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Project 3: Research Paper
You now understand how to read and make sense of argumentative texts, how to find your own position and articulate your stance, and how to seek out other authors writing on your topic. You will use all of these skills to write an essay in which you make an argument on a significant issue, using both your own experiences and other researchers’ work to support your reasoning.
Purpose and Audience
Your purpose is to present a clear argument on a topic you care about. Your audience for this project includes anyone who is interested in the issue you have chosen to study.
Minimum 4 pages in length.
Make an argument using a thesis statement.
Cite a minimum of 5 sources, using at least 3 direct quotes.
Use correct MLA formatting for Works Cited page and in-text citations.
1213-01 and 1213-02 (MWF)
Week of Oct. 22nd – Individual conference with professor
Wednesday, Oct. 31st – Rough draft due for peer review
Monday, November 12th – Final draft due (please print AND upload to Bb)
Week of Oct 16th – Individual conference with professor
Thursday, November 1st – Rough draft due for peer review
Tuesday, November 13th – Final draft due (please print AND upload to Bb)
How is this different from a traditional research paper?
Many students have learned to write argumentative research papers that include a strong, black-and-white thesis statement (like “Smoking cigarettes should be illegal”). If you’ve written an argumentative research paper in the past, you may have been asked to use only academic sources, and to speak about the topic as if you are an expert. But… most of us aren’t experts. If we could only write about the things we are already experts on, we could never use the processes of research and writing to help us learn. This paper is meant to allow you to use those processes to learn – and you’ll learn more research and writing skills in the process that you can use for future writing tasks.
This paper is an explanation of what you’ve learned, rather than an essay in which you pretend you already know everything and you’re going to show us why you’re right about this topic.
Here’s a comparison:
Traditional Research Paper
Research Paper for this class
· includes a strong (bold) thesis
· includes a thesis, perhaps exploratory and tentative (we’ll talk about what that means)
· supports that thesis with (usually) academic sources
· uses credible sources to support your argument in a way that emphasizes what you find important
· asks you to speak as an expert
· allows you to use a more natural tone and asks that you acknowledge your own position in relation to the issue
· makes a definitive argument
· makes an argument but acknowledges limited expertise and questions for future research
It is my hope that you will find this type of research paper less stressful and more beneficial than a traditional argumentative essay. You are still making an argument, but you are writing as yourself (using ‘I,’ acknowledging your own experience, and not pretending to know everything about the topic).
· “So what?” – Explores implications of the specific argument presented in the thesis statement.
· Offers suggestions for future research into the problem or issue.
· “So what?” – Explains the importance of the issue. (“Here’s why people should care about this issue.”)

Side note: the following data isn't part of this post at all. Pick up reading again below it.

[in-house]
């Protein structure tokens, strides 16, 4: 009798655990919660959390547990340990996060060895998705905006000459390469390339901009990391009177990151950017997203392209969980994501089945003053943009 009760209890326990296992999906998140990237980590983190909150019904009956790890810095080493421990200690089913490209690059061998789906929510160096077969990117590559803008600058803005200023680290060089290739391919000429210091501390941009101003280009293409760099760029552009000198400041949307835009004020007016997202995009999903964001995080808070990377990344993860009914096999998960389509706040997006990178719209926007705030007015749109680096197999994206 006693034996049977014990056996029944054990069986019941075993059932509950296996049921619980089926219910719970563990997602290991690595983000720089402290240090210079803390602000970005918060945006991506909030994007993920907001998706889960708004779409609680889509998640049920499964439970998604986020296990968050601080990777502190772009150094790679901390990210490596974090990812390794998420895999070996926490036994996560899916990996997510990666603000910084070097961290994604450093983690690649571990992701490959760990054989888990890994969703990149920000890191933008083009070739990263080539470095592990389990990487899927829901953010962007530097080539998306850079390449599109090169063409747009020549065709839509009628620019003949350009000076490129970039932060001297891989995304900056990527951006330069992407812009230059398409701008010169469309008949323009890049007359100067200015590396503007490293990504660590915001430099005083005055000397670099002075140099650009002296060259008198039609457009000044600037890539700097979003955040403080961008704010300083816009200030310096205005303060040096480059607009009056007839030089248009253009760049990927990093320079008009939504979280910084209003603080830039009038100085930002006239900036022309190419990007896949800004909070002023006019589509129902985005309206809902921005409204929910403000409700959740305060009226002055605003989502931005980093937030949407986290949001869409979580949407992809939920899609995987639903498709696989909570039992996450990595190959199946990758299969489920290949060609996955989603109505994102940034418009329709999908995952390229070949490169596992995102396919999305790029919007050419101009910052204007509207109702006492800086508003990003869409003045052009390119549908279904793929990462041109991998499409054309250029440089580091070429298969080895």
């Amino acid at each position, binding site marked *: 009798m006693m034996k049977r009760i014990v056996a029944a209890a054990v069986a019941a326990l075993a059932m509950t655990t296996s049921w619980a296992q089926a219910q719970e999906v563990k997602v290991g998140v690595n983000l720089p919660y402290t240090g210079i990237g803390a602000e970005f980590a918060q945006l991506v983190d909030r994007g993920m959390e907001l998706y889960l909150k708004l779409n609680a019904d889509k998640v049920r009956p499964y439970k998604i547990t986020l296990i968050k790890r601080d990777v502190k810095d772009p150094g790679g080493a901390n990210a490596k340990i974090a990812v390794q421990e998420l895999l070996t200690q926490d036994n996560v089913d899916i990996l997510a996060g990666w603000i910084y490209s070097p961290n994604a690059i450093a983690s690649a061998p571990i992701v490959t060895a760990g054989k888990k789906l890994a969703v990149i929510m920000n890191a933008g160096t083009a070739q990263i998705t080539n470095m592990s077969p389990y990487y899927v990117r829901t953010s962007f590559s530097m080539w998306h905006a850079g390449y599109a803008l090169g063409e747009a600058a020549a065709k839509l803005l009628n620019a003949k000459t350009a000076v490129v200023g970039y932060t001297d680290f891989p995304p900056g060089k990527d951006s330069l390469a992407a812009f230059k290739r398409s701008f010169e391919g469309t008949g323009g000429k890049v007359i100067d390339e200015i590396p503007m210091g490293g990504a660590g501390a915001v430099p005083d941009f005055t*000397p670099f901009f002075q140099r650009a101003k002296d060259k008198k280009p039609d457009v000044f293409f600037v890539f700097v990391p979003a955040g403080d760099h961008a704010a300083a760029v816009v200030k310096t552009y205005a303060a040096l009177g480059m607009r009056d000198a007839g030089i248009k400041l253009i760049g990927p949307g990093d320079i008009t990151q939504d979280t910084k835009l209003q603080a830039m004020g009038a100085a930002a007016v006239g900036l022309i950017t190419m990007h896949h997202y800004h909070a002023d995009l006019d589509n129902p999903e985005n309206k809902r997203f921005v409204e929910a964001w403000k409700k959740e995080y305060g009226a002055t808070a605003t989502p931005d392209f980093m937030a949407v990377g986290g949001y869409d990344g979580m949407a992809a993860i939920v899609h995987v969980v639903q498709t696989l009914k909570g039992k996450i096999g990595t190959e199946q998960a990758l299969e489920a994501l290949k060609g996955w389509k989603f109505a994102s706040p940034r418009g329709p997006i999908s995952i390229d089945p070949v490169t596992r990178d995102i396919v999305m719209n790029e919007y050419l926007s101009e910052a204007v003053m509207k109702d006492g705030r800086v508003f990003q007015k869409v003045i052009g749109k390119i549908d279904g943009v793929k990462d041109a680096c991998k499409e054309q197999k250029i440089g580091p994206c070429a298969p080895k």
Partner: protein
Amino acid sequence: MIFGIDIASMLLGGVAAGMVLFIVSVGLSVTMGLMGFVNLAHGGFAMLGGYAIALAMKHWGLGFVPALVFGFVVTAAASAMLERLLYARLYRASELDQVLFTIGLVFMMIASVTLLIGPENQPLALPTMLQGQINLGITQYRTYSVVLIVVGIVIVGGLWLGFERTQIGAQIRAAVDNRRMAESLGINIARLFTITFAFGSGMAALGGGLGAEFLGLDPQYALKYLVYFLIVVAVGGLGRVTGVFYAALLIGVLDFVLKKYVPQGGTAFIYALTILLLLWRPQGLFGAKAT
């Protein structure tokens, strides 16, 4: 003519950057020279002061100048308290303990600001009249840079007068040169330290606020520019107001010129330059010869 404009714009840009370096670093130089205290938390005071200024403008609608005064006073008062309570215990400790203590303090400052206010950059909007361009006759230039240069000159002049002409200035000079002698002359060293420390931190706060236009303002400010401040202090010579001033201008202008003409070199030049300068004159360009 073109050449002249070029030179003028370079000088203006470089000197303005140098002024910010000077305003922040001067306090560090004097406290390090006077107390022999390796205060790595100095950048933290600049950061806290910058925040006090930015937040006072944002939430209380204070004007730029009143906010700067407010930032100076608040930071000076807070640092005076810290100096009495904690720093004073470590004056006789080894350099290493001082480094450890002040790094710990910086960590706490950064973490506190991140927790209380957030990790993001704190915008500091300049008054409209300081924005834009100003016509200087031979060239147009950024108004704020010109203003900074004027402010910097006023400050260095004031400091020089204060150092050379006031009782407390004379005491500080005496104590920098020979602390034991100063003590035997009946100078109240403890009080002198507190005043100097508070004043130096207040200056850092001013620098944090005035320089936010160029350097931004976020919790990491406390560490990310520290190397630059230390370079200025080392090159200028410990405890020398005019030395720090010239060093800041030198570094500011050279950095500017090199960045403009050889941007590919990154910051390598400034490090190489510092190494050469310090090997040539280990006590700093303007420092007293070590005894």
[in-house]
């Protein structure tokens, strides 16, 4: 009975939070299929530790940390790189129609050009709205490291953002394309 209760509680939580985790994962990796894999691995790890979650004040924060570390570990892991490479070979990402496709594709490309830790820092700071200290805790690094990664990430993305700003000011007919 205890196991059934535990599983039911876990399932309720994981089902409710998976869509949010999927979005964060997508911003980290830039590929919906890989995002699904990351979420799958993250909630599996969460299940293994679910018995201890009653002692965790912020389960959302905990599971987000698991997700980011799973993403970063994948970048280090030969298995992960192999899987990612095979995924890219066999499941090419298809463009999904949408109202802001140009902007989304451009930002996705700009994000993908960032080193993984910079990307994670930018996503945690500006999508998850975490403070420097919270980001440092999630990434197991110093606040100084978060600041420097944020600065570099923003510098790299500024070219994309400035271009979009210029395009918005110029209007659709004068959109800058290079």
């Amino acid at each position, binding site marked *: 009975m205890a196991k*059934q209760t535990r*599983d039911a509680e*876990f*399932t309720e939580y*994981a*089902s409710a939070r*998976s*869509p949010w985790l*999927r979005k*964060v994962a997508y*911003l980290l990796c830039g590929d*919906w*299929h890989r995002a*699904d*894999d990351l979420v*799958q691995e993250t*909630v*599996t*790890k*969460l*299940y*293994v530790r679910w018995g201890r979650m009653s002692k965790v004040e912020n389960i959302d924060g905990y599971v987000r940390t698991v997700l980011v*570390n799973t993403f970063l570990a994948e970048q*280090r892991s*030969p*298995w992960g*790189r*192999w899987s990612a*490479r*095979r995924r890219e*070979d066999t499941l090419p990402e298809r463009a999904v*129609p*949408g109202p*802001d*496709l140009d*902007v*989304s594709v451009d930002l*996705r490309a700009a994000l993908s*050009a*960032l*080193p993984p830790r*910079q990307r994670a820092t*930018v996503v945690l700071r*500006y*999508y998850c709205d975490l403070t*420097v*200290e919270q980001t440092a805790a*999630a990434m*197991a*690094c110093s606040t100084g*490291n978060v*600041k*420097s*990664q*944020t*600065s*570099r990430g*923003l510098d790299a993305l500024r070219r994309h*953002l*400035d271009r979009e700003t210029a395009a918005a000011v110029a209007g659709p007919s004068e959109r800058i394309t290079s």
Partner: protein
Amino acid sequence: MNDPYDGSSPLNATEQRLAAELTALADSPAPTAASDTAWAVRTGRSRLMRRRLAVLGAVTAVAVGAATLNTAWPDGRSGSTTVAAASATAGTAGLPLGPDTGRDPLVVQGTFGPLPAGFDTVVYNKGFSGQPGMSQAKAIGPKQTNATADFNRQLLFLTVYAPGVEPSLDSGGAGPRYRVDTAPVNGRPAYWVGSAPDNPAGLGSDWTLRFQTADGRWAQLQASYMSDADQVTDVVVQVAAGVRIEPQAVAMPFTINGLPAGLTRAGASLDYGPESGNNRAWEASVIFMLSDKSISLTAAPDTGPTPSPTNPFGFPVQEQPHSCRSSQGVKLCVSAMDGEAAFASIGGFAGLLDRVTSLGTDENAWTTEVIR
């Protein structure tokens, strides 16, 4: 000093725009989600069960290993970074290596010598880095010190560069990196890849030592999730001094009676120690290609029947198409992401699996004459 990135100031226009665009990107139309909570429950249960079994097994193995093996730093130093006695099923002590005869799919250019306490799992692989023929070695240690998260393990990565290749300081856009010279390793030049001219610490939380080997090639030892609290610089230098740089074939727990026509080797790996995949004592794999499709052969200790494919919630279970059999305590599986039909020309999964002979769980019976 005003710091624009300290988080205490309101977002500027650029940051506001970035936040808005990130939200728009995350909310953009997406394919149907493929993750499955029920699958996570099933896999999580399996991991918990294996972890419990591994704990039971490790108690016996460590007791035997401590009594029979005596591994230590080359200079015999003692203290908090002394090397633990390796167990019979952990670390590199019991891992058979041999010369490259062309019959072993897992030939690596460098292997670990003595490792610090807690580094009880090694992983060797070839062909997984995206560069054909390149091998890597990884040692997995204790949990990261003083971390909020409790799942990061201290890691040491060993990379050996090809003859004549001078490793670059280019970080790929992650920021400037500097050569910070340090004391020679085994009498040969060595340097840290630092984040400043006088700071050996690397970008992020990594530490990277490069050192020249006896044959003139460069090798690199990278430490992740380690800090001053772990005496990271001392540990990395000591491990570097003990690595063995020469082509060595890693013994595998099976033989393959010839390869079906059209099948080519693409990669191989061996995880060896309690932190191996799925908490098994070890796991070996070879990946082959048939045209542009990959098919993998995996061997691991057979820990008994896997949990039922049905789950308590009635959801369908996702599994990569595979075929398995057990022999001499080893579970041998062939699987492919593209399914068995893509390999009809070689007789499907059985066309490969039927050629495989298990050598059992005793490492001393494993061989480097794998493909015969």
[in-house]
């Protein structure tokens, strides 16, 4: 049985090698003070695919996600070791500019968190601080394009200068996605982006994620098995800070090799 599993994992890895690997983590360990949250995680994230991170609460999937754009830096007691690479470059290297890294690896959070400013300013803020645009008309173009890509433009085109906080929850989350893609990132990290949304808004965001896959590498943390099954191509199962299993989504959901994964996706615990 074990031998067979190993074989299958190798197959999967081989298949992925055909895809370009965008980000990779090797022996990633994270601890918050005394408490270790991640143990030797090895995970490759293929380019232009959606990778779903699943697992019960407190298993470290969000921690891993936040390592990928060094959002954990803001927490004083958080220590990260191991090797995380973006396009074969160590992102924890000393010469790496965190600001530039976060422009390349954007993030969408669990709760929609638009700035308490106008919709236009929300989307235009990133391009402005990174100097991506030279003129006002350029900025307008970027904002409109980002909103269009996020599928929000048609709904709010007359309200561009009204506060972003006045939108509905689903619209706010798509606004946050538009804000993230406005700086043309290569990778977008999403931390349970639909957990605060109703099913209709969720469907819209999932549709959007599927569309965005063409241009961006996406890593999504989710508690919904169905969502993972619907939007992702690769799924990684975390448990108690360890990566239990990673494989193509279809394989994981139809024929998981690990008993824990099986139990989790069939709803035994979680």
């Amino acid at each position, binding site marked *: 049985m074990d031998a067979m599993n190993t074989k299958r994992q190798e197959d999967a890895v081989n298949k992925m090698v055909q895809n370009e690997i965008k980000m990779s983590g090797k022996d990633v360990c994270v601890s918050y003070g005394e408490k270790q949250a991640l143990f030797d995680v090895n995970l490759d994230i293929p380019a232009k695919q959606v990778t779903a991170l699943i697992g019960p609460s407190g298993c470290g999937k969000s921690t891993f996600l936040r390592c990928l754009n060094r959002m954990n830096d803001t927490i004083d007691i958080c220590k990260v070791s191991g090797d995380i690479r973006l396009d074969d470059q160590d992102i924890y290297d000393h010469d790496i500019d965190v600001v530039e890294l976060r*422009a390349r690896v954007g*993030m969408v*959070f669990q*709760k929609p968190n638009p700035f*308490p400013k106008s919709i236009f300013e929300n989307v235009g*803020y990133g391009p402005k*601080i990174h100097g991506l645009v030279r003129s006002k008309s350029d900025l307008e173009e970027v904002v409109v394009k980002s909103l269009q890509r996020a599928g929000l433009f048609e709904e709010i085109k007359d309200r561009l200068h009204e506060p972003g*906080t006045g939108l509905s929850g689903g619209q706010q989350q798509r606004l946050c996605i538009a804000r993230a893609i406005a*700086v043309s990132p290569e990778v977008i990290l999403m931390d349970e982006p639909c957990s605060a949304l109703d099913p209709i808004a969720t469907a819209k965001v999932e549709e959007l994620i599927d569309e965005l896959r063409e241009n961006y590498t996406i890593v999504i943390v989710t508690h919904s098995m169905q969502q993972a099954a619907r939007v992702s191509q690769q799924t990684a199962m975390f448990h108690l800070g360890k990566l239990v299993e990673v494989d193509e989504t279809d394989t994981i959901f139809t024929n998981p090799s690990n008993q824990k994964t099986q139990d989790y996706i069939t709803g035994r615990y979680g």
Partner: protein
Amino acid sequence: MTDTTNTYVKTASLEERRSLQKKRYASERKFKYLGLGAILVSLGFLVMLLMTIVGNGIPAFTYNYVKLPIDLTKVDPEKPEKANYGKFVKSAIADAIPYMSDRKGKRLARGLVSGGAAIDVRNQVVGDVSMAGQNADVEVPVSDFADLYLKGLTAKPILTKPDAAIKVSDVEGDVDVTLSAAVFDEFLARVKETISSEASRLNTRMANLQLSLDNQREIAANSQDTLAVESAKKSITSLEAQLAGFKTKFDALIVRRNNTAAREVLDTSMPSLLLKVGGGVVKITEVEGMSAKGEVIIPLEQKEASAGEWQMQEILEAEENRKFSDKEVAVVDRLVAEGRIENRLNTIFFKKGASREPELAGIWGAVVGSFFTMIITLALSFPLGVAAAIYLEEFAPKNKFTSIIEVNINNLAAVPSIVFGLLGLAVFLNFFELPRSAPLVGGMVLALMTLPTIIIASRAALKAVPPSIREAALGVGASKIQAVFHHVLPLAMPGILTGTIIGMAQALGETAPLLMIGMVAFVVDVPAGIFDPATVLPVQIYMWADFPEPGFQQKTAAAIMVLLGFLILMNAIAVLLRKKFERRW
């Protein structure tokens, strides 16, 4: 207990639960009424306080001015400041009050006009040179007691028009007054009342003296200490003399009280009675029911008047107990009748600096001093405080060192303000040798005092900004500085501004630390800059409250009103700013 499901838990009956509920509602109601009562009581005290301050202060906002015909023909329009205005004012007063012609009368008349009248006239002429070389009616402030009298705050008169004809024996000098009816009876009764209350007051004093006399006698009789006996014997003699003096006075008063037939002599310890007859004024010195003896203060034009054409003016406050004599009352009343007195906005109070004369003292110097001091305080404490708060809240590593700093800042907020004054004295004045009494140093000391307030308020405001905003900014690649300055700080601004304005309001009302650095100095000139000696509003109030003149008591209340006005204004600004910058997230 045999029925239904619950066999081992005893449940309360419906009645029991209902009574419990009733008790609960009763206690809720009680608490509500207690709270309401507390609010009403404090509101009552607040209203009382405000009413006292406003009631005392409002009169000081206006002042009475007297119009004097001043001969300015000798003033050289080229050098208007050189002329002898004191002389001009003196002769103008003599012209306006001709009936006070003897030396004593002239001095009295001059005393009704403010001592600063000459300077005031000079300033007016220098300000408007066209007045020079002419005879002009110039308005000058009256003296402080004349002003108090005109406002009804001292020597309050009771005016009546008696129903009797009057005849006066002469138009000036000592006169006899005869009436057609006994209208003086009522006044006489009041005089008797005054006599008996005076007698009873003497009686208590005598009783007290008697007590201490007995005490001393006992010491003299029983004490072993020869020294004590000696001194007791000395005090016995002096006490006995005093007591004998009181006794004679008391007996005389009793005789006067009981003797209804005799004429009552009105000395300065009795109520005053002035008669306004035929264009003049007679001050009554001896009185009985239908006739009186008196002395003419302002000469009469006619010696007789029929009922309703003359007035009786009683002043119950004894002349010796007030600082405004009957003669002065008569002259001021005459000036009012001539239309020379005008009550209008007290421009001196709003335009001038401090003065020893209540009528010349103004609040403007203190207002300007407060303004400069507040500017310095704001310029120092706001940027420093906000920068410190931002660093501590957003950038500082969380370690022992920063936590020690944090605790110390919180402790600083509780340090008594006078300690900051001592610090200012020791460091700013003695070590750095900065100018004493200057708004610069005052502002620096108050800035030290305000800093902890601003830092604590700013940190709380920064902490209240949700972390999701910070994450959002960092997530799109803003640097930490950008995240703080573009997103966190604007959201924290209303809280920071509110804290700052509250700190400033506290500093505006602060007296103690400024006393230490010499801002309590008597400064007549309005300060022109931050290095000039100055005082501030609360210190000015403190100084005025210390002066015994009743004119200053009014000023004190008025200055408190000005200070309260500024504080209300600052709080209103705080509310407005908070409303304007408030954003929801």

· Anticipates objections and responds to them (“naysayer”).
· Call to action – offers suggestions on how individual readers can engage with the issue or problem.
· Contains a clear thesis statement.
· Clear organization and logical order of ideas.
· Thesis is supported by at least 5 credible sources.
· Correctly formatted MLA Works Cited page and in-text citations.
· Effective paraphrasing and quoting.
· Research is inadequate (cites fewer than 5 sources).
· Ineffective organization or unclear argument.
· Major, distracting grammatical errors.
· Ineffective paraphrasing or quoting (possible plagiarism).
· Research is inadequate.
Review your completed Annotated Bibliography.
If you wish to change topics, please see me for advice and guidance.
If you wish to continue with the same topic, ask yourself if there are any gaps in your research. Are your sources too similar? Are there any aspects of the issue not represented in your research?
Freewrite to articulate your own position on the topic you have chosen.
Draft a thesis statement.
Create an outline.
Start with the main ideas that support your argument.
For each main idea, list which sources you will use to support your point.
Look at your finished outline – is this the most effective order for your ideas?
Draft your paper.
Remember that many of the essays we’ve discussed in class (and many of the recommended readings) are excellent examples of argumentative essays.
Write an introduction that includes your thesis statement and an overview of the points you will make.
Write a conclusion that ties your argument together and reconnects to your thesis statement. Try to answer the “So What?” question.
Revise your paper.
Take advantage of our workshop in class.
Visit the Writing Center, even if you don’t think there are any problems with your paper. There is always room for improvement.
Klausman, Jeffrey. “Resurrecting The I-Search: Engaging Students In Meaningful Scholarship.” Teaching English In The Two-Year College, Vol. 35, Issue 2, 2007, pp. 191-196. MLA International Bibliography, https://ezproxy.mtsu.edu/login?url=http://search.ebscohost.com/login.aspx?direct=true&db=mzh&AN=2007240197&site=eds-live&scope=site . Accessed 1 Oct. 2016.
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